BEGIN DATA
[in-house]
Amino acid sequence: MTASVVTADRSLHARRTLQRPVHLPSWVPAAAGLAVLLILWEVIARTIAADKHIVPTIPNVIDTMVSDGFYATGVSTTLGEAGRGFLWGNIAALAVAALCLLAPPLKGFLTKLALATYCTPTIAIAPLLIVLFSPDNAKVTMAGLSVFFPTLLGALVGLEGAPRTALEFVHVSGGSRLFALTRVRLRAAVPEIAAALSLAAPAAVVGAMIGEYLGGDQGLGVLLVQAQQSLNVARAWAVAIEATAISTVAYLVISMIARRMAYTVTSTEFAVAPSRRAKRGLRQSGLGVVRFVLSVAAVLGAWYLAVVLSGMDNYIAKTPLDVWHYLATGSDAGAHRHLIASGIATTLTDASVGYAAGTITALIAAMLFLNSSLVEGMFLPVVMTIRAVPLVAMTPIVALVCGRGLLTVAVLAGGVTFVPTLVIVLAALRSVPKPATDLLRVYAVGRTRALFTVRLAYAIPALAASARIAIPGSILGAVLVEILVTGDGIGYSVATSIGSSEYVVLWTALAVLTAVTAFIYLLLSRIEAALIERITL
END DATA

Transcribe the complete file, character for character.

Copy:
[in-house]
Amino acid sequence: MTASVVTADRSLHARRTLQRPVHLPSWVPAAAGLAVLLILWEVIARTIAADKHIVPTIPNVIDTMVSDGFYATGVSTTLGEAGRGFLWGNIAALAVAALCLLAPPLKGFLTKLALATYCTPTIAIAPLLIVLFSPDNAKVTMAGLSVFFPTLLGALVGLEGAPRTALEFVHVSGGSRLFALTRVRLRAAVPEIAAALSLAAPAAVVGAMIGEYLGGDQGLGVLLVQAQQSLNVARAWAVAIEATAISTVAYLVISMIARRMAYTVTSTEFAVAPSRRAKRGLRQSGLGVVRFVLSVAAVLGAWYLAVVLSGMDNYIAKTPLDVWHYLATGSDAGAHRHLIASGIATTLTDASVGYAAGTITALIAAMLFLNSSLVEGMFLPVVMTIRAVPLVAMTPIVALVCGRGLLTVAVLAGGVTFVPTLVIVLAALRSVPKPATDLLRVYAVGRTRALFTVRLAYAIPALAASARIAIPGSILGAVLVEILVTGDGIGYSVATSIGSSEYVVLWTALAVLTAVTAFIYLLLSRIEAALIERITL